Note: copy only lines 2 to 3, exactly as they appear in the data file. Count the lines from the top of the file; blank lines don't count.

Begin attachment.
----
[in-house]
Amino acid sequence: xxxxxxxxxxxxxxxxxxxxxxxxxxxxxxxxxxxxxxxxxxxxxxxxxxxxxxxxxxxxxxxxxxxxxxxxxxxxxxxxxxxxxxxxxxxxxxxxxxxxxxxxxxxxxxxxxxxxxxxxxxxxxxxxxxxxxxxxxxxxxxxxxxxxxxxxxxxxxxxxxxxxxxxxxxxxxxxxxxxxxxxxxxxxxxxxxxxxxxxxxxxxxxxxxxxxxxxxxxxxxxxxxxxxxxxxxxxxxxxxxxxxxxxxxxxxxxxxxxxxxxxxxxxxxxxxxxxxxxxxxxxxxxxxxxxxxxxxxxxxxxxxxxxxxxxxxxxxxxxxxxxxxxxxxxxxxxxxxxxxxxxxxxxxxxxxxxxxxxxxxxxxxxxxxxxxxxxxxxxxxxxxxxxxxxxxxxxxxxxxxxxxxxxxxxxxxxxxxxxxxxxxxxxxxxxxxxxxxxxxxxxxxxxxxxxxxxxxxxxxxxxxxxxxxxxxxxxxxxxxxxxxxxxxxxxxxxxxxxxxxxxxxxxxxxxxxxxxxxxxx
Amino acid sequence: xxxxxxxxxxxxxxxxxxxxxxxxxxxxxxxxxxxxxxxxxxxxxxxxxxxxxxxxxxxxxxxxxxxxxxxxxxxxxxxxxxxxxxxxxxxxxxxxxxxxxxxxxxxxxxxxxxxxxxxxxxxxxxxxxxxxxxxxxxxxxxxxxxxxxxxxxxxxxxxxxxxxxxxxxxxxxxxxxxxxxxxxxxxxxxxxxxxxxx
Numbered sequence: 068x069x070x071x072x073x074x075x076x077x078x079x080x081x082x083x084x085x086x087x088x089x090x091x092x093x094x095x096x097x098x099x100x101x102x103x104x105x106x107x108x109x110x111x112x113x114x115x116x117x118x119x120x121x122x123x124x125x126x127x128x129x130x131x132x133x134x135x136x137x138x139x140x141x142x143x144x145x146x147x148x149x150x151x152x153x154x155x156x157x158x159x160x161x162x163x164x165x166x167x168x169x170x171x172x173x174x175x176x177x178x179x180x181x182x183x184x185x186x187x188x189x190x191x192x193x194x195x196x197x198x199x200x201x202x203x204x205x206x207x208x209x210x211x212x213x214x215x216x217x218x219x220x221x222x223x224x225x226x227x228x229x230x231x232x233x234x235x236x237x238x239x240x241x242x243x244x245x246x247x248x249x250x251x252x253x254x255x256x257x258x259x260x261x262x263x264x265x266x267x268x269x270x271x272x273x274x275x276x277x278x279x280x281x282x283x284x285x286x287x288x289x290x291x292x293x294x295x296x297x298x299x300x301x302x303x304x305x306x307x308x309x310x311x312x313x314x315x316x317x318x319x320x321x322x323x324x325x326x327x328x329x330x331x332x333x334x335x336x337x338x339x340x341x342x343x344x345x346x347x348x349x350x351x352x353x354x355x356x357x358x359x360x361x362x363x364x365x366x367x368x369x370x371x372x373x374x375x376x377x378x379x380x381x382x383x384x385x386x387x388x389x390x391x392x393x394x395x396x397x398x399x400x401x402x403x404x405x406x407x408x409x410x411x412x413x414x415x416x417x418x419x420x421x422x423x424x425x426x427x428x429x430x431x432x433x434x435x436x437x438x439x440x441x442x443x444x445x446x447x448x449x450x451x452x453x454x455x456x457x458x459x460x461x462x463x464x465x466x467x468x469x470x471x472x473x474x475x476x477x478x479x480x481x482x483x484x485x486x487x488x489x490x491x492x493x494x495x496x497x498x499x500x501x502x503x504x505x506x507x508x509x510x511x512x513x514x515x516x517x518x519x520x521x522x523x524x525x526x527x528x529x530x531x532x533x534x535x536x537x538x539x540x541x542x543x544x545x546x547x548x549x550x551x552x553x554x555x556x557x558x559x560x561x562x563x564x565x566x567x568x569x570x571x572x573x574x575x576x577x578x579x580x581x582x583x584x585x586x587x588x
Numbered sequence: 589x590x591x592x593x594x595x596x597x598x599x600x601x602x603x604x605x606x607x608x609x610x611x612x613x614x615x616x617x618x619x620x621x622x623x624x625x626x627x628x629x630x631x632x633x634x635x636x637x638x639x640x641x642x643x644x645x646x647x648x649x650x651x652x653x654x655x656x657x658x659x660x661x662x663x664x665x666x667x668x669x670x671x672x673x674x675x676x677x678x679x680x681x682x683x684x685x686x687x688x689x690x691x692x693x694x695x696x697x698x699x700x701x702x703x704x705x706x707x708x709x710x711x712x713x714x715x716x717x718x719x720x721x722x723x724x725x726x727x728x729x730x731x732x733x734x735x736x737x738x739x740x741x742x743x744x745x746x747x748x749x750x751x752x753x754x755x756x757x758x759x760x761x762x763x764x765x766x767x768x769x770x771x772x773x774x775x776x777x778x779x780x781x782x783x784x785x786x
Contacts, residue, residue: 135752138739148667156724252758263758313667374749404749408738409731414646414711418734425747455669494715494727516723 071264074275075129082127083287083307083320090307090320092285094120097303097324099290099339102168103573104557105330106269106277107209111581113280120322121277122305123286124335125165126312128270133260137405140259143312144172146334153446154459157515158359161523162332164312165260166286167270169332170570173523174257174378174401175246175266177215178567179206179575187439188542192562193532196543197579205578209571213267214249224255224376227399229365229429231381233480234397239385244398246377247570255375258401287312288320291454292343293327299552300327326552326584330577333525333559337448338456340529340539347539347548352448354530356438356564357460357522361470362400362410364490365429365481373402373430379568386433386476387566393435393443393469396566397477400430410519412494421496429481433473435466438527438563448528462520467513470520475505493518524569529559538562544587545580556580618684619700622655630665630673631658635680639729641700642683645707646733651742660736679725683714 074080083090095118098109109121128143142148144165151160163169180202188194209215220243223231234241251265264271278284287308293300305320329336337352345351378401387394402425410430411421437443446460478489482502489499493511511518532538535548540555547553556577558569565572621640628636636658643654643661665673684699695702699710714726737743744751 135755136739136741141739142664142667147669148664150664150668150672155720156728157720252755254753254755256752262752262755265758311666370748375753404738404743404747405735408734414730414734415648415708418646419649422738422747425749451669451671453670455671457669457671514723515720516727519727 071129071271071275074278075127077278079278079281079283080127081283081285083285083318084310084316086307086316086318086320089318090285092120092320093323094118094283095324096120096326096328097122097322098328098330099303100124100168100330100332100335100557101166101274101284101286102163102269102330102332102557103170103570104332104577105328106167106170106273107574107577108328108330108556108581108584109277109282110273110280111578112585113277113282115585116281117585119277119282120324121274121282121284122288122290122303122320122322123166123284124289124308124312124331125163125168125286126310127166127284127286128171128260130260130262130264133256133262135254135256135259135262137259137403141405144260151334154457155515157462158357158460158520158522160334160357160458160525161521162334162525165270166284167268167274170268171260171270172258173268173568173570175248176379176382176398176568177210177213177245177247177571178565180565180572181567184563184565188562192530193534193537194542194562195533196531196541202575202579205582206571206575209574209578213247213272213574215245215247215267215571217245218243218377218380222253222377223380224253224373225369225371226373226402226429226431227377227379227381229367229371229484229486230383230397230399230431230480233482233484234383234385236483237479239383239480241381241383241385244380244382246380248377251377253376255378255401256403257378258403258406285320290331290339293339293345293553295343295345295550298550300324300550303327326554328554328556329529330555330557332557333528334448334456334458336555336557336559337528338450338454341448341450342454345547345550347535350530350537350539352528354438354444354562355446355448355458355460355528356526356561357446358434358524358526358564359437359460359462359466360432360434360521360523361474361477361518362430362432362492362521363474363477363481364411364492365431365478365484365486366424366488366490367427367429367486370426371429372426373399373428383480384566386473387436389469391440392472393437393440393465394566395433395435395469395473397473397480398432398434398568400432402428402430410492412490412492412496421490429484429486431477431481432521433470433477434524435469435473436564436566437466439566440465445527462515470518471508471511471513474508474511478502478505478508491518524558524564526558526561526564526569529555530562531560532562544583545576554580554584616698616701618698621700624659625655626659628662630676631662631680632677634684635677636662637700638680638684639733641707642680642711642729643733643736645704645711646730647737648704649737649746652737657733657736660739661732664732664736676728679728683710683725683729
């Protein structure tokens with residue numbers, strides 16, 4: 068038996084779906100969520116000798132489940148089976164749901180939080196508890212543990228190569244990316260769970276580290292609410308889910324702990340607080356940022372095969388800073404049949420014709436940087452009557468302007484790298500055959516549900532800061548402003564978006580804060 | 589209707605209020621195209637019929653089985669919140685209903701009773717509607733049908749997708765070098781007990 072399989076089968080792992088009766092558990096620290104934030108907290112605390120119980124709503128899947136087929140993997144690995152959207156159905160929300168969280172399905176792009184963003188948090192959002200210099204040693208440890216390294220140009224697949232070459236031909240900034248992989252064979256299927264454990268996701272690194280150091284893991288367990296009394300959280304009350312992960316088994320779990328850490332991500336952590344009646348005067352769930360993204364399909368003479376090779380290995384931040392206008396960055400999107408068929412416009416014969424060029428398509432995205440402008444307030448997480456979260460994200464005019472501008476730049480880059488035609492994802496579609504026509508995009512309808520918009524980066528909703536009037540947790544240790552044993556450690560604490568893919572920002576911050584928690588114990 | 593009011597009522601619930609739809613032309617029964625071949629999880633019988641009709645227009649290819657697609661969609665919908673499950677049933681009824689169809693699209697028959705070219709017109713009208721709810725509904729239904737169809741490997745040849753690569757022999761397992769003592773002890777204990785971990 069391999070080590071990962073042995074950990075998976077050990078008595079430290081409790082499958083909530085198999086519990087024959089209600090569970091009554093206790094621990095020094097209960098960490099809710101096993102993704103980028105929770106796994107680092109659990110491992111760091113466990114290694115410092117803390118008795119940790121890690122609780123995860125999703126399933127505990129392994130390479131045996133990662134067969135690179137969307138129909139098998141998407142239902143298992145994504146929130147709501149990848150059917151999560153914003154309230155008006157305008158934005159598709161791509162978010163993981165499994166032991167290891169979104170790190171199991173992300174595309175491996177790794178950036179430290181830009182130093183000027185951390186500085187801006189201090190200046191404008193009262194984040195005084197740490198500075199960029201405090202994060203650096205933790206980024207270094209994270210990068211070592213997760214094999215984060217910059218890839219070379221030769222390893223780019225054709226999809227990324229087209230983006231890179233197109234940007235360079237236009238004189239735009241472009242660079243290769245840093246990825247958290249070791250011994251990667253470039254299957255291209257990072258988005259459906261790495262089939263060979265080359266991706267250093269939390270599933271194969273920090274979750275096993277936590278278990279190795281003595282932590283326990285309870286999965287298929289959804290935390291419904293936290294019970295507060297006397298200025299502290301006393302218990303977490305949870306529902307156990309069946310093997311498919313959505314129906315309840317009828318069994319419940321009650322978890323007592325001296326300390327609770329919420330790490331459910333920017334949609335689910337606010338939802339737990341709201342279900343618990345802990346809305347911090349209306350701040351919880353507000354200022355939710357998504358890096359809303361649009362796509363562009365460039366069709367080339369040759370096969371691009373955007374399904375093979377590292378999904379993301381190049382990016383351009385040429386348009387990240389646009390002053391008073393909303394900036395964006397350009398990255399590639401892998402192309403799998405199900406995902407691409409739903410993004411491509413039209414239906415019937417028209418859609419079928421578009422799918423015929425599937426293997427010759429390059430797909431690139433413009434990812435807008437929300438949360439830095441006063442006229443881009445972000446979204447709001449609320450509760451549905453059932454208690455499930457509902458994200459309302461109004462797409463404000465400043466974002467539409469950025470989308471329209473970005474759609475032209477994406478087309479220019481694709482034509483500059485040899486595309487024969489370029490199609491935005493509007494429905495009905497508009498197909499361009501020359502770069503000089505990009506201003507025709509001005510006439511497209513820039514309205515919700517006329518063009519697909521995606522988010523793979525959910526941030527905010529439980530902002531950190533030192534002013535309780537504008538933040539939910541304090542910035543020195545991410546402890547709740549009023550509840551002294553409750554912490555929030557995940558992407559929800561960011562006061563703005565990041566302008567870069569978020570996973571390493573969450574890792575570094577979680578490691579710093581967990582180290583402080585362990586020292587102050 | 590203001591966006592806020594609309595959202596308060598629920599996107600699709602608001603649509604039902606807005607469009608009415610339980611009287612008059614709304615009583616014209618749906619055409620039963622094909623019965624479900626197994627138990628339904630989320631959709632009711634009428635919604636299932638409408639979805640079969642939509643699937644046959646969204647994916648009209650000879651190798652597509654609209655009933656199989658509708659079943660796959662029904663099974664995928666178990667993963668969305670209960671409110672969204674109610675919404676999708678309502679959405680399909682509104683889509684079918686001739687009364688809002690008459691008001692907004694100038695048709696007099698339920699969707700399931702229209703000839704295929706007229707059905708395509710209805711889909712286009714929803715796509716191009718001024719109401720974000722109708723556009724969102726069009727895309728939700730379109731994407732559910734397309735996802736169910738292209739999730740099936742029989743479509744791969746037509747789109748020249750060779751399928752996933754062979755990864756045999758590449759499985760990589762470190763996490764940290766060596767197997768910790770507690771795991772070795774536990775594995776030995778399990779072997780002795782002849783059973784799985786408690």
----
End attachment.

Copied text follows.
Amino acid sequence: xxxxxxxxxxxxxxxxxxxxxxxxxxxxxxxxxxxxxxxxxxxxxxxxxxxxxxxxxxxxxxxxxxxxxxxxxxxxxxxxxxxxxxxxxxxxxxxxxxxxxxxxxxxxxxxxxxxxxxxxxxxxxxxxxxxxxxxxxxxxxxxxxxxxxxxxxxxxxxxxxxxxxxxxxxxxxxxxxxxxxxxxxxxxxxxxxxxxxxxxxxxxxxxxxxxxxxxxxxxxxxxxxxxxxxxxxxxxxxxxxxxxxxxxxxxxxxxxxxxxxxxxxxxxxxxxxxxxxxxxxxxxxxxxxxxxxxxxxxxxxxxxxxxxxxxxxxxxxxxxxxxxxxxxxxxxxxxxxxxxxxxxxxxxxxxxxxxxxxxxxxxxxxxxxxxxxxxxxxxxxxxxxxxxxxxxxxxxxxxxxxxxxxxxxxxxxxxxxxxxxxxxxxxxxxxxxxxxxxxxxxxxxxxxxxxxxxxxxxxxxxxxxxxxxxxxxxxxxxxxxxxxxxxxxxxxxxxxxxxxxxxxxxxxxxxxxxxxxxxxx
Amino acid sequence: xxxxxxxxxxxxxxxxxxxxxxxxxxxxxxxxxxxxxxxxxxxxxxxxxxxxxxxxxxxxxxxxxxxxxxxxxxxxxxxxxxxxxxxxxxxxxxxxxxxxxxxxxxxxxxxxxxxxxxxxxxxxxxxxxxxxxxxxxxxxxxxxxxxxxxxxxxxxxxxxxxxxxxxxxxxxxxxxxxxxxxxxxxxxxxxxxxxxxx